FLYING THE FLAG Sinéadh Ní Núalláin is the inaugural Gaelic Athletic Martial Arts (GAMA) absolute national champion.
NEWPORT native Sinéadh Ní Núalláin has made martial arts history by becoming the inaugural Gaelic Athletic Martial Arts (GAMA) absolute national champion.
Ní Núalláin saw off Mary Taylor on ‘judges’ decision’ after a single five-minute round of jiu-jitsu at the Killeshin Hotel & Leisure Club in Portlaoise recently.
In doing so she became the first person (male or female) to become an absolute national GAMA champion.
“It was the first time they ran something [since the pandemic began], so to win it the first time…was great to get,” the 20-year-old bantamweight told The Mayo News.
Recalling the fight, she said: “It was so good. It was back and forward. There was a lot of submission attempts but we both defended quite well. It was all action, it was all ‘go, go, go’.”
While there was no crowd in attendance, the event marked a major milestone in Ní Núalláin’s career.
This latest win comes on the back of her winning a bronze medal for Ireland at the 2021 International Mixed Martial Arts Federation (IMMAF) Junior World Cup in Prague.
The Mayo women was among 26 Irish athletes who flew out to the Czech Republic at their own expense to represent their country in mixed martial arts, which is still yet to be officially recognised as a sport in Ireland.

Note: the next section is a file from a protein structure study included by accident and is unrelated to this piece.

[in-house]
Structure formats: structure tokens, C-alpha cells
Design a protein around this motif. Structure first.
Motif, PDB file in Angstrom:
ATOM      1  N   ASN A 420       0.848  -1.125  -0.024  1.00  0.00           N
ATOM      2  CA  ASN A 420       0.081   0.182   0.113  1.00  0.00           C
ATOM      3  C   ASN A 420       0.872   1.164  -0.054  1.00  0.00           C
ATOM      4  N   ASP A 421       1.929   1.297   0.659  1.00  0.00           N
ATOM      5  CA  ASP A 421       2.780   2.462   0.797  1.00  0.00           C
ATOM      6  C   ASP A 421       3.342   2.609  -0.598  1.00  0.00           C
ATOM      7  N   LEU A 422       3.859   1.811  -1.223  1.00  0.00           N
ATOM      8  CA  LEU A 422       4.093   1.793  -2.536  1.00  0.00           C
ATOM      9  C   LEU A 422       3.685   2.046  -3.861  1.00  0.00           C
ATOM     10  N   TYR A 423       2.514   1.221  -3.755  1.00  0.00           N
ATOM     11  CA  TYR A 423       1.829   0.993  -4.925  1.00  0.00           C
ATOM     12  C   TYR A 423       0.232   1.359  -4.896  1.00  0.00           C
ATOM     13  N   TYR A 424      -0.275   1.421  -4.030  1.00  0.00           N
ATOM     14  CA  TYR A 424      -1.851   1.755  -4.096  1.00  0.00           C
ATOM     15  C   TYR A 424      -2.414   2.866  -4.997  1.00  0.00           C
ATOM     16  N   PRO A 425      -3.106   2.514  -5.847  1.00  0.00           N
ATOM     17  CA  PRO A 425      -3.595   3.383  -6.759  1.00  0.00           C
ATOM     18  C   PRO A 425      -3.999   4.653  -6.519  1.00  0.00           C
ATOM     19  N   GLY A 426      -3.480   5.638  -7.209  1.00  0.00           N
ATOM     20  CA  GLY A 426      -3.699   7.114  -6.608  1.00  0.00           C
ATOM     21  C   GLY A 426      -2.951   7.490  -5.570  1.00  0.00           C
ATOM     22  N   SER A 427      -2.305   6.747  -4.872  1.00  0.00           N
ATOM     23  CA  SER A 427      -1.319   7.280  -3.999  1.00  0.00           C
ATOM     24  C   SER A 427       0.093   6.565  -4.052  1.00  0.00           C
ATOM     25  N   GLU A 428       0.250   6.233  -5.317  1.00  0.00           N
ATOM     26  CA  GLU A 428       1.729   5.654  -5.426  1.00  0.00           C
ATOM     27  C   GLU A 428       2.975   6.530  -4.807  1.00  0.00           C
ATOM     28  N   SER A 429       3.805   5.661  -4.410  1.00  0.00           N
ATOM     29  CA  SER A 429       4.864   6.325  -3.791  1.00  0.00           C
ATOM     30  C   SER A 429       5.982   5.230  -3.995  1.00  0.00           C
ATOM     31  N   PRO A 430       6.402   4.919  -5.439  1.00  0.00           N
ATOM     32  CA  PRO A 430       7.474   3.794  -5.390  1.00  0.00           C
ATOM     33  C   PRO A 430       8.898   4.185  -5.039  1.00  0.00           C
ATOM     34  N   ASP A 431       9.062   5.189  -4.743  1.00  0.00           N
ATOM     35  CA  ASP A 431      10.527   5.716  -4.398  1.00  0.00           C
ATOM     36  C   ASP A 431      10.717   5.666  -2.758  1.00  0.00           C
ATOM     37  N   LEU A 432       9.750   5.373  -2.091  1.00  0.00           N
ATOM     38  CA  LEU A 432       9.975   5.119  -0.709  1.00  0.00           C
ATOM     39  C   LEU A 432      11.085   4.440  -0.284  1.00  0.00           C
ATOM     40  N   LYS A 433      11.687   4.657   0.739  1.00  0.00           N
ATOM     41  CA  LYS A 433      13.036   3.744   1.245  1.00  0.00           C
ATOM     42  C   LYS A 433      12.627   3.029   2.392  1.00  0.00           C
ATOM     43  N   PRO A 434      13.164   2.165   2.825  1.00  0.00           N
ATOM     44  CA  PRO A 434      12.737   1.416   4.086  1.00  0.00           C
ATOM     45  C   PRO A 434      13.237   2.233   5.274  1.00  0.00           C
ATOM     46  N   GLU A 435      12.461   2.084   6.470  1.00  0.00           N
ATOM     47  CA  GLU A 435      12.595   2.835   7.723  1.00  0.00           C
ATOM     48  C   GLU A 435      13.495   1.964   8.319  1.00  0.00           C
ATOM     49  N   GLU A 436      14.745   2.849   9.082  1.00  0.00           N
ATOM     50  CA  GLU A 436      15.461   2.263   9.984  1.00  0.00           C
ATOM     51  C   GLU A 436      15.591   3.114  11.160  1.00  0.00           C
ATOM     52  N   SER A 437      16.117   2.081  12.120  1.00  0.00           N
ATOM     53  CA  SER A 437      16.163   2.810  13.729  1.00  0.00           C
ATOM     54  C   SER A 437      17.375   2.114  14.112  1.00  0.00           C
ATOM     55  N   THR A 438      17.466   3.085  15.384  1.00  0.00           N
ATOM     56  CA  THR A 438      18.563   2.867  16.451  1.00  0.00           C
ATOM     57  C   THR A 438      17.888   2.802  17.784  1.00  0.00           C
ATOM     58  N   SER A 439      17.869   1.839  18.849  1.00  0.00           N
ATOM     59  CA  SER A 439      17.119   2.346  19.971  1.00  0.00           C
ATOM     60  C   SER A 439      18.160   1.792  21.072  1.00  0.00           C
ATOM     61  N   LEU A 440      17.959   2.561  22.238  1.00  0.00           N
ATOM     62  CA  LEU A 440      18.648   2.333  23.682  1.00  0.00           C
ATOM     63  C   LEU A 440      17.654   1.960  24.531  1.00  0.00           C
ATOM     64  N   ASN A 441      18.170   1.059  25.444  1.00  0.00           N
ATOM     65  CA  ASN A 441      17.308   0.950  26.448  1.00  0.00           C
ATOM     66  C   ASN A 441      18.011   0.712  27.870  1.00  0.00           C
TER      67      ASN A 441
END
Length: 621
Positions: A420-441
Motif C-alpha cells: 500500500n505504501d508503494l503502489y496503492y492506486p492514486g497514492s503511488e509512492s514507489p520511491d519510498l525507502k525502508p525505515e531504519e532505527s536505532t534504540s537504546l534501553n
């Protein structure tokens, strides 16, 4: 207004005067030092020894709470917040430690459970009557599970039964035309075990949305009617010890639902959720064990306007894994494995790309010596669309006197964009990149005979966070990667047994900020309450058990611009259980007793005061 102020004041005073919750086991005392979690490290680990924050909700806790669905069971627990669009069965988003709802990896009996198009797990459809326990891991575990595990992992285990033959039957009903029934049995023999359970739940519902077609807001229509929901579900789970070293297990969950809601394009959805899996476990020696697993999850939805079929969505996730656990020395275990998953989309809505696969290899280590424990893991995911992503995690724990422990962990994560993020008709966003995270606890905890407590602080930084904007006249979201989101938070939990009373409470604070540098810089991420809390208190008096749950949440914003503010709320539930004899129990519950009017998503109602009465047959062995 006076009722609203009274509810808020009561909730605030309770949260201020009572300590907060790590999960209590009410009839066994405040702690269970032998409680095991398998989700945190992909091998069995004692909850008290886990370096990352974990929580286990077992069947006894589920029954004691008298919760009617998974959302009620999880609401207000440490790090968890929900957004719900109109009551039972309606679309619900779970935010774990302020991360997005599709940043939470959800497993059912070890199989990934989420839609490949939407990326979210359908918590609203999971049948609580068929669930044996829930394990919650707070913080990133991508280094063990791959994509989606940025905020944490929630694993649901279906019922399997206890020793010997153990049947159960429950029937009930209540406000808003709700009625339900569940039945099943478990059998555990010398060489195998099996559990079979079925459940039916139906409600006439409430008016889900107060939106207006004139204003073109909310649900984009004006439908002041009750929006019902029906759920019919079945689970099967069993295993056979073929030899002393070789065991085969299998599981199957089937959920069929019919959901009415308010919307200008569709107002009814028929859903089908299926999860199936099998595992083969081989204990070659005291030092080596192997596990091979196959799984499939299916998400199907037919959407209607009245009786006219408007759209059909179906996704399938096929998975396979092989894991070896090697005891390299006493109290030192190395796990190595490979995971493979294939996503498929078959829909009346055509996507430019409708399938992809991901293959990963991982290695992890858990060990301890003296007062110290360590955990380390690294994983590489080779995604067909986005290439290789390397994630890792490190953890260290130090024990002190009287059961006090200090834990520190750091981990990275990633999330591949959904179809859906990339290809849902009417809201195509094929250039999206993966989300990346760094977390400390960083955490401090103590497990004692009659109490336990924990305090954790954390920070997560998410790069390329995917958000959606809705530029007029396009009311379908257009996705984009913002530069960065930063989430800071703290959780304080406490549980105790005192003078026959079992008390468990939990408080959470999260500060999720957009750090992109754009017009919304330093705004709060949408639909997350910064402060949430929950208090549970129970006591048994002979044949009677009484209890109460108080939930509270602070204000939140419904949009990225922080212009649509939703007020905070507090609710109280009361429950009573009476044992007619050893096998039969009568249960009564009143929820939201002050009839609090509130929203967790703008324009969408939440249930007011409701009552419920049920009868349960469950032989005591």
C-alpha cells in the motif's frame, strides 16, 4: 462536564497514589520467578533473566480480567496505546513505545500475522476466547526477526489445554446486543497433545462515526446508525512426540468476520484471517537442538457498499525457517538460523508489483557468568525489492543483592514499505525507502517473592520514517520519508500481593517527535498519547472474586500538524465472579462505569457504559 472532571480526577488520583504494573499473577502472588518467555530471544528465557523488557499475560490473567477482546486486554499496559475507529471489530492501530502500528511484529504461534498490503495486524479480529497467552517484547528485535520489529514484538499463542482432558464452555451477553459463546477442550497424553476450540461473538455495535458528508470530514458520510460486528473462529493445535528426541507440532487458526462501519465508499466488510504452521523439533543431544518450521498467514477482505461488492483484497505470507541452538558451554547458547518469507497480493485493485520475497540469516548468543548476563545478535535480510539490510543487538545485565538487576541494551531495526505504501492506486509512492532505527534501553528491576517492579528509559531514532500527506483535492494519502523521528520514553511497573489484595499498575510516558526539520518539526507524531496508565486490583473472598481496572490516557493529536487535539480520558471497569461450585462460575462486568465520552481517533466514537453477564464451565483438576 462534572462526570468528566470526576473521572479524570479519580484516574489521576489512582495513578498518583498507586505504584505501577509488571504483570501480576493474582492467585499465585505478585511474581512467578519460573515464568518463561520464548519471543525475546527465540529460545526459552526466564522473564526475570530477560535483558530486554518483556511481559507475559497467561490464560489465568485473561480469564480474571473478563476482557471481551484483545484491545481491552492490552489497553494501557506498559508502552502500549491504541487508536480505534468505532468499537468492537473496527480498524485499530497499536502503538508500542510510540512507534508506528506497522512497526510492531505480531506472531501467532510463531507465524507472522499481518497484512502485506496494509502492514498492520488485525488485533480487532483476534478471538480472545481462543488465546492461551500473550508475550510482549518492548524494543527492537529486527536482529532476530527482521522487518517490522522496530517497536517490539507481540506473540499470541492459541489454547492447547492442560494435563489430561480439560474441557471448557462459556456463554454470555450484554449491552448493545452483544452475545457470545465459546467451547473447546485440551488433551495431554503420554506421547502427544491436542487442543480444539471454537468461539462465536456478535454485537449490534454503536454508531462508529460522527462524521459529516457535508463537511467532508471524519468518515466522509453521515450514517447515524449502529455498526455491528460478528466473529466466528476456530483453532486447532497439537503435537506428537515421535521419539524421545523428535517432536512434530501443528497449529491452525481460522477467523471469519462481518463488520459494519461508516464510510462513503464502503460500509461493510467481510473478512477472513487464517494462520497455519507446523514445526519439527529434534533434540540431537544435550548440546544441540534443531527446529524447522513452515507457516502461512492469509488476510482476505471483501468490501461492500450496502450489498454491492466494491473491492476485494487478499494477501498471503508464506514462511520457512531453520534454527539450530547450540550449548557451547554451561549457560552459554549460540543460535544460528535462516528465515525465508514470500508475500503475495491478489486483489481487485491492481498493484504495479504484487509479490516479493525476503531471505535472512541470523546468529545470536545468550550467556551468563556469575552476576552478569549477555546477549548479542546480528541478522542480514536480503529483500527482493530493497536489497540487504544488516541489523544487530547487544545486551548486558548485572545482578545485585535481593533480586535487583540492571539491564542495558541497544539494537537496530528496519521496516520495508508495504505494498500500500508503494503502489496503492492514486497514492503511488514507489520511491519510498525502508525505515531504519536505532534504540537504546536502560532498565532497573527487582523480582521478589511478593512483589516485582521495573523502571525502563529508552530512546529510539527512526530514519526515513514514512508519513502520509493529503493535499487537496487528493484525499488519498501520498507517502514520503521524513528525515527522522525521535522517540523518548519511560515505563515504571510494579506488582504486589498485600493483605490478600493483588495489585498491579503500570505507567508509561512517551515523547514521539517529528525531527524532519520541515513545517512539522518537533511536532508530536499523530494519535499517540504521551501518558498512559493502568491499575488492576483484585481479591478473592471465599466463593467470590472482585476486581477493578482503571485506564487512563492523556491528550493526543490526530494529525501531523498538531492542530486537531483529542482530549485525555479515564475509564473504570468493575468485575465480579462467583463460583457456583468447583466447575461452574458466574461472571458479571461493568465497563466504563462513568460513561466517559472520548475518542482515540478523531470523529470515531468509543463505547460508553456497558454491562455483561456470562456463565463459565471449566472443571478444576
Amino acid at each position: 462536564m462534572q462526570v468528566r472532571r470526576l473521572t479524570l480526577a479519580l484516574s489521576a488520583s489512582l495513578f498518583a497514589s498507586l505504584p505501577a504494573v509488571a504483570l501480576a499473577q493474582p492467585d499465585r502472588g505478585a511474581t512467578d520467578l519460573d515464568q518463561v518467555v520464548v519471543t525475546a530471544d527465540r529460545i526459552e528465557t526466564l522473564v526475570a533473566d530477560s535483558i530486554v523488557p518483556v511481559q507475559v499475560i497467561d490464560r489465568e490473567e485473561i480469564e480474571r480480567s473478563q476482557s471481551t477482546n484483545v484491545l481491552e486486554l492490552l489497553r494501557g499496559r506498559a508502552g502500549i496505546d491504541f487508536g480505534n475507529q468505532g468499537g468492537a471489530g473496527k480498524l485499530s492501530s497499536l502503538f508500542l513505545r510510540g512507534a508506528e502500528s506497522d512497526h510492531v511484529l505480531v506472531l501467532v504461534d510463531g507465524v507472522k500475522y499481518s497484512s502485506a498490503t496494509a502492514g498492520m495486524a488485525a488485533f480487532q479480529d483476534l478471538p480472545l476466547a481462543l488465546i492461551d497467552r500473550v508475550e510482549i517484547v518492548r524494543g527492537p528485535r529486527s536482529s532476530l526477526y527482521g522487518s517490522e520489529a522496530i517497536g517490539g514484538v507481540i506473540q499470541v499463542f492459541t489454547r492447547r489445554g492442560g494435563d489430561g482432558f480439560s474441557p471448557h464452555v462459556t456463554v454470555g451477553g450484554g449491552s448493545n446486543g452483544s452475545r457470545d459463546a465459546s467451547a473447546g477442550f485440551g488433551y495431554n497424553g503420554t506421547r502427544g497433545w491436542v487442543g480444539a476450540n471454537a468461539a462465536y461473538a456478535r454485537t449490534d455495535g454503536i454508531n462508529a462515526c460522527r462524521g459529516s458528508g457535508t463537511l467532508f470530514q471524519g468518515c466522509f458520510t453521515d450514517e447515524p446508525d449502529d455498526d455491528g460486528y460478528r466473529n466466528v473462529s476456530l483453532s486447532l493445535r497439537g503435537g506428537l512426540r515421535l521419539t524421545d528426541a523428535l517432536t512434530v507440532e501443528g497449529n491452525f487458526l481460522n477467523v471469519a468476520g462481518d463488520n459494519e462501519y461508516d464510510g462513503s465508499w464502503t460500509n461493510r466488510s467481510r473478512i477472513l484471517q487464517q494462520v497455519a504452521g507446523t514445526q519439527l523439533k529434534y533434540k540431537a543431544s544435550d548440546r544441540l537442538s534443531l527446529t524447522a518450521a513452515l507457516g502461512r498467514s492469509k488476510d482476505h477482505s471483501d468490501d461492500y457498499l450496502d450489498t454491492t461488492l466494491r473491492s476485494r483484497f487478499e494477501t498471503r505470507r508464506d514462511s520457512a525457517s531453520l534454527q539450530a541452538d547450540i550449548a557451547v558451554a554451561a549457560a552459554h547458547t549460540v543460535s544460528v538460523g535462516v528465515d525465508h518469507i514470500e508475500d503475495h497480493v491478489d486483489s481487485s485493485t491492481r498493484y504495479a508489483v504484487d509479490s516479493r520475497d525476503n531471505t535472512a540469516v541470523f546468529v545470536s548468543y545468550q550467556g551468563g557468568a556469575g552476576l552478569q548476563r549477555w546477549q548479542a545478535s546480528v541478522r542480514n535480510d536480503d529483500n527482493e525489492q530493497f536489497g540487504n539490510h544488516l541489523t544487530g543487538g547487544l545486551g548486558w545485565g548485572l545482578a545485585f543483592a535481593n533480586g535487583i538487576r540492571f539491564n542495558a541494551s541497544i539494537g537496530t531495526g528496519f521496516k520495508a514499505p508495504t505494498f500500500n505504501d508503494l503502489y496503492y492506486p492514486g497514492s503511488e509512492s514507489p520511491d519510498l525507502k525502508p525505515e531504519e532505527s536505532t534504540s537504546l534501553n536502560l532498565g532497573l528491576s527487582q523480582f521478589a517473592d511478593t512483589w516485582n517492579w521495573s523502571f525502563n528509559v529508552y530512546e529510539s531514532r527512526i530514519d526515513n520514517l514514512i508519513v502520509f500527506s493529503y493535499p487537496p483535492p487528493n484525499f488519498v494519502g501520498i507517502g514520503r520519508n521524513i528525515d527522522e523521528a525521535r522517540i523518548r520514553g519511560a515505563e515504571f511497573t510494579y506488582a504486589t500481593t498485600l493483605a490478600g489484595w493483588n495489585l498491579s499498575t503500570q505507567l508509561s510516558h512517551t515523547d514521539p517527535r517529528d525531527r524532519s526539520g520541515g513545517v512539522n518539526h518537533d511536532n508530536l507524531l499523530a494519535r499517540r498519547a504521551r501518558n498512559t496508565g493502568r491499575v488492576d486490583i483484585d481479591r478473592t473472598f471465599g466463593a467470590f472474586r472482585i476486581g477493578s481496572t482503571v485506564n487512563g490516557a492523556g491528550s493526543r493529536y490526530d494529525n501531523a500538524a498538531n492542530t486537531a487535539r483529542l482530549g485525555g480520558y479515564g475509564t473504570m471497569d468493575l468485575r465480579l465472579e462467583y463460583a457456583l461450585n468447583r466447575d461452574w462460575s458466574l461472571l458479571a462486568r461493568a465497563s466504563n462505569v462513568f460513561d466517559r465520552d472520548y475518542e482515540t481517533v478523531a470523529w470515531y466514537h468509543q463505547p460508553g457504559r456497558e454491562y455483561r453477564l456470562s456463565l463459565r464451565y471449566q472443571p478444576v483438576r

Due to Covid-19 restrictions, Ní Núalláin has seen three of her fights cancelled in the past 18 months.
For the former student of Gaelscoil na Cruaiche and Coláiste Mhuire Tuar Mhic Éadaigh, the return of competitive final has been a welcome return to normality.
“It wasn’t easy, especially with our sport, it’s so close contact [that] there’s no way you can train with someone unless you’re training directly with them,” she explained.
“The gym was closed for ages so all I could do was shadow box, do my own running, do my own work-outs, we weren’t able to train as a team.
“It was definitely tough, but it’s good to get back to normality.”
“When we came back we were a bit rusty because we hadn’t [sparred] in so long,” she continued. “It was tough because you don’t forget things, but they do go to the back of your mind.
“I’m so used to training two or three times a day with John [Kavanagh] so the running was good for the cardio, but nothing too major. It just kept me ticking over.
“It’s so frustrating, that’s what we train for, we train to fight.”
Currently working as a personal trainer in Dublin, Ní Núalláin has sparred with men for several years due to the lack of female participation in mixed martial arts.
She is currently training under the renowned martial coach John Kavanagh, who has coached Conor McGregor in the past and is described by Ní Núalláin as ‘one of the best coaches in the world’.
A fluent Gaeilgeoir, she is hoping to organise at least two or three mixed martial arts fights before the end of the year.
So will Sinéadh Ní Núalláin follow in the footsteps of ‘Sugar Ray’ Moylette by fighting in the TF Royal Hotel & Theatre in Castlebar on live TV some day?
“Could you imagine!” she responded in a burst of laughter when The Mayo News posed this question. “Maybe one day, you never know. We’ll see how it goes!
“There’s not many girls from Mayo doing what I’m doing so it’s good to get Mayo on the map as well.”